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Comment:Preliminary documentation for VACUUM INTO
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SHA3-256: 130193a5b9a1ab7485cf6eb705685db7d2fe6682ce6700ce820f21958fcec5aa
User & Date: drh 2018-12-09 22:23:53
Context
2018-12-09
22:30
Omit the sponsor links from the homepage. check-in: 3c035c0759 user: drh tags: trunk
22:23
Preliminary documentation for VACUUM INTO check-in: 130193a5b9 user: drh tags: trunk
2018-12-06
15:20
Enhanced ALTER TABLE documentation, and in particular show the dangers of not following the generalized 12-step ALTER TABLE procedure precisely. check-in: 4ffbc3f635 user: drh tags: trunk
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  }
  qualified-table-name {
     stack
       {line {optx /schema-name .} /table-name {opt AS /alias}}
       {or nil {line INDEXED BY /index-name} {line NOT INDEXED}}
  }
  vacuum-stmt {
      line VACUUM {opt /schema-name}
  }
  comment-syntax {
    or
      {line -- {loop nil /anything-except-newline} 
           {or /newline /end-of-input}}
      {line /* {loop nil /anything-except-*/}
           {or */ /end-of-input}}







|







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  }
  qualified-table-name {
     stack
       {line {optx /schema-name .} /table-name {opt AS /alias}}
       {or nil {line INDEXED BY /index-name} {line NOT INDEXED}}
  }
  vacuum-stmt {
      line VACUUM {opt /schema-name} {opt INTO /filename}
  }
  comment-syntax {
    or
      {line -- {loop nil /anything-except-newline} 
           {or /newline /end-of-input}}
      {line /* {loop nil /anything-except-*/}
           {or */ /end-of-input}}

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<p>
  The online backup API is [sqlite3_backup_init | documented here].
  The remainder of this page contains two C language examples illustrating 
  common uses of the API and discussions thereof. Reading these examples
  is no substitute for reading the API documentation!






<h2>Example 1: Loading and Saving In-Memory Databases</h2>

<tcl>

proc C_Code {text} {
  hd_puts "<pre>\n"
  set iLine 0







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<p>
  The online backup API is [sqlite3_backup_init | documented here].
  The remainder of this page contains two C language examples illustrating 
  common uses of the API and discussions thereof. Reading these examples
  is no substitute for reading the API documentation!

<p>
  Update: The [VACUUM INTO] command introduced in 
  SQLite version 3.27.0 ([dateof:3.27.0]) can serve as an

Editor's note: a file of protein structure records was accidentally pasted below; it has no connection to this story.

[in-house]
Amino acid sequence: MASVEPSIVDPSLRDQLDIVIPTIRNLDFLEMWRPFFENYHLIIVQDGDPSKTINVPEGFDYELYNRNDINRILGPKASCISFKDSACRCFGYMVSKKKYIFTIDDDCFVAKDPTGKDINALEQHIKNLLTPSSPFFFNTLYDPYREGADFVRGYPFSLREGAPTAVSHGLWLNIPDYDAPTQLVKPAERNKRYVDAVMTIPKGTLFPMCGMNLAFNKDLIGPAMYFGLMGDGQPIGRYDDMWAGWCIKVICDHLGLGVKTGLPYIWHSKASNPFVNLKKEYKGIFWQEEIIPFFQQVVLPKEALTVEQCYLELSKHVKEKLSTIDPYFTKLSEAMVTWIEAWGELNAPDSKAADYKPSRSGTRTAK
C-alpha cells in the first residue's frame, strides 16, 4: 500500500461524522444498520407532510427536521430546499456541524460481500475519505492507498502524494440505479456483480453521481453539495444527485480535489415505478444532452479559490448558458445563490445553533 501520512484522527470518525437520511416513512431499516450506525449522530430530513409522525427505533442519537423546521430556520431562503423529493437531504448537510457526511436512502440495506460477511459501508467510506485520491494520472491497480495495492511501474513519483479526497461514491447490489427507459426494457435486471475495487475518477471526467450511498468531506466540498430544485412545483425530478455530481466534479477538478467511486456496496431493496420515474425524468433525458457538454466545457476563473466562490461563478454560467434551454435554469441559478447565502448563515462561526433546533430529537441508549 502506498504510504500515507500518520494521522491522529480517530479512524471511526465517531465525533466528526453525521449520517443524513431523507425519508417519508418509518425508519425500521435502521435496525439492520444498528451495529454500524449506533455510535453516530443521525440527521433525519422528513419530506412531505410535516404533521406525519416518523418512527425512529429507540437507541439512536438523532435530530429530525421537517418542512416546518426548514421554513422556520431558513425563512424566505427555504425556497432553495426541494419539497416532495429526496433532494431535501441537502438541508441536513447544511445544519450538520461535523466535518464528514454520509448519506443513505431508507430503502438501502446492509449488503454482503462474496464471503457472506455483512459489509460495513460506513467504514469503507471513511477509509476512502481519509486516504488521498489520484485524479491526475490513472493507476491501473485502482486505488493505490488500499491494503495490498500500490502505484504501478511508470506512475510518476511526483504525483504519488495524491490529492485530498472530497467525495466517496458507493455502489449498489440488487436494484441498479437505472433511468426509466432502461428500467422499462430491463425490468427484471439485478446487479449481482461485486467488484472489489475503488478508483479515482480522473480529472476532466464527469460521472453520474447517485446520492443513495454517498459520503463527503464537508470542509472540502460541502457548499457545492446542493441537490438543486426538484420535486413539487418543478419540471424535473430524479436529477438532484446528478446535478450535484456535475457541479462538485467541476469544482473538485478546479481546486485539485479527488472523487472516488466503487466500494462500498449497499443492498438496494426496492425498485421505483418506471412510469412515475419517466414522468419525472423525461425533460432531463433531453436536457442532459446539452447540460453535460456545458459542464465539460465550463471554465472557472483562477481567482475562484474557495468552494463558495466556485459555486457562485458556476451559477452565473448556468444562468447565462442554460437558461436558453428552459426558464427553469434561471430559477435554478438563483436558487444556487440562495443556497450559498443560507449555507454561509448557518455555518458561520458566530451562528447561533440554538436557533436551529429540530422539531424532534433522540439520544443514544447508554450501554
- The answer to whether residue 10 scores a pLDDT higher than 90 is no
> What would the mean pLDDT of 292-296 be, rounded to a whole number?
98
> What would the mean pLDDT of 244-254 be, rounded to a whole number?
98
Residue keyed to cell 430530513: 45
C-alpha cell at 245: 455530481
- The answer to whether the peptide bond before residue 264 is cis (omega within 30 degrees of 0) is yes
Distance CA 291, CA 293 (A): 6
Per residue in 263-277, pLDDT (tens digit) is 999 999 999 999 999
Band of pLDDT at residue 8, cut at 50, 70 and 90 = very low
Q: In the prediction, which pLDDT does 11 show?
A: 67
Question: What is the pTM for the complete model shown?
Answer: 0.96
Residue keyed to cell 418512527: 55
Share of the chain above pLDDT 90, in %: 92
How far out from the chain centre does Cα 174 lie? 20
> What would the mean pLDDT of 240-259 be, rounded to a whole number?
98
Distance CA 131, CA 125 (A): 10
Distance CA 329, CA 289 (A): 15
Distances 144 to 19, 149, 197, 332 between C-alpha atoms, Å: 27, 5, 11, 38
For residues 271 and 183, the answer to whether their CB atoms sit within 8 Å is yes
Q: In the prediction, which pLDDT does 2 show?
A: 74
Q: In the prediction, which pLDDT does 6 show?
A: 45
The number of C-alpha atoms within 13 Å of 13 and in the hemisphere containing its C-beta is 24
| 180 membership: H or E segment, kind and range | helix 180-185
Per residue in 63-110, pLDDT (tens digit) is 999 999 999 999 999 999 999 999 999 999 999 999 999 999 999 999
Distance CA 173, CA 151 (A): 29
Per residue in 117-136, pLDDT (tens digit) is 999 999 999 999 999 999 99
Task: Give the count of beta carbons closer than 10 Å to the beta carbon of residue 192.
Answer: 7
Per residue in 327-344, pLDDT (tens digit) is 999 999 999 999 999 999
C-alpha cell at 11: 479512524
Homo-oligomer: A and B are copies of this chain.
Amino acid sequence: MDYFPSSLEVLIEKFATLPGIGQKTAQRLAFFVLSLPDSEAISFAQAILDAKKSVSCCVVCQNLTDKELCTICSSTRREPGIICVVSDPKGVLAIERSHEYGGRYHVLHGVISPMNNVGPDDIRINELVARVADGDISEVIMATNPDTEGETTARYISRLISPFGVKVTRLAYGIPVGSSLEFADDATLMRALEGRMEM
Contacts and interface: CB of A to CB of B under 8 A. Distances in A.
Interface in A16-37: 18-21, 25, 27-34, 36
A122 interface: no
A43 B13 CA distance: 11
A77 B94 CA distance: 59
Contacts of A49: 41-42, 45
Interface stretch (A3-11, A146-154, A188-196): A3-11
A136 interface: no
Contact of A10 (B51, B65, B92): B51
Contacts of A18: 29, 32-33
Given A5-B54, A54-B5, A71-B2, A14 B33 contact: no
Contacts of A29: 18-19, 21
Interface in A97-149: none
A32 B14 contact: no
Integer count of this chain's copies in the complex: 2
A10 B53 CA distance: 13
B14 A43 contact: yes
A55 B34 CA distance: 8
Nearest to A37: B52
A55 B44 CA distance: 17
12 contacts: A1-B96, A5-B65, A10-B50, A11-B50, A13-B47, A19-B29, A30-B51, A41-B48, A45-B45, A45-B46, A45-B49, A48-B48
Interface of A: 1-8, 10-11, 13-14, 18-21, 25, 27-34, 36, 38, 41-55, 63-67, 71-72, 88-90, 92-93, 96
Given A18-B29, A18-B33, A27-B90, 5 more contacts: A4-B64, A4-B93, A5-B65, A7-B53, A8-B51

alternative to the backup API.

<h2>Example 1: Loading and Saving In-Memory Databases</h2>

<tcl>

proc C_Code {text} {
  hd_puts "<pre>\n"
  set iLine 0

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  <li> <p> ^Frequent inserts, updates, and deletes can cause the database file
     to become fragmented - where data for a single table or index is scattered 
     around the database file. ^Running VACUUM ensures that each table and
     index is largely stored contiguously within the database file. ^In some
     cases, VACUUM may also reduce the number of partially filled pages in
     the database, reducing the size of the database file further.









  <li> <p> ^Normally, the database [page_size] and whether or not the database
     supports [auto_vacuum] must be configured before the database file is
     actually created. ^However, when not in [write-ahead log] mode, the 
     [page_size] and/or [auto_vacuum] properties of an existing database may be
     changed by using the [page_size pragma|page_size]  and/or 
     [auto_vacuum|pragma auto_vacuum] pragmas and then immediately VACUUMing
................................................................................
<yyterm>schema-name</yyterm> to the VACUUM statement.

<p><b>Compatibility Warning:</b> The ability to vacuum attached databases was
added in [version 3.15.0] ([dateof:3.15.0]).  Prior to that, a 
<yyterm>schema-name</yyterm> added to the
VACUUM statement would be silently ignored and the "main" schema would be
vacuumed.</p>








































<p>^The VACUUM command works by copying the contents of the database into
a temporary database file and then overwriting the original with the 
contents of the temporary file. ^When overwriting the original, a rollback
journal or [write-ahead log] WAL file is used just as it would be for any
other database transaction. ^This means that when VACUUMing a database, 
as much as twice the size of the original database file is required in free
disk space.





<p>^The VACUUM command may change the [ROWID | ROWIDs] of entries in any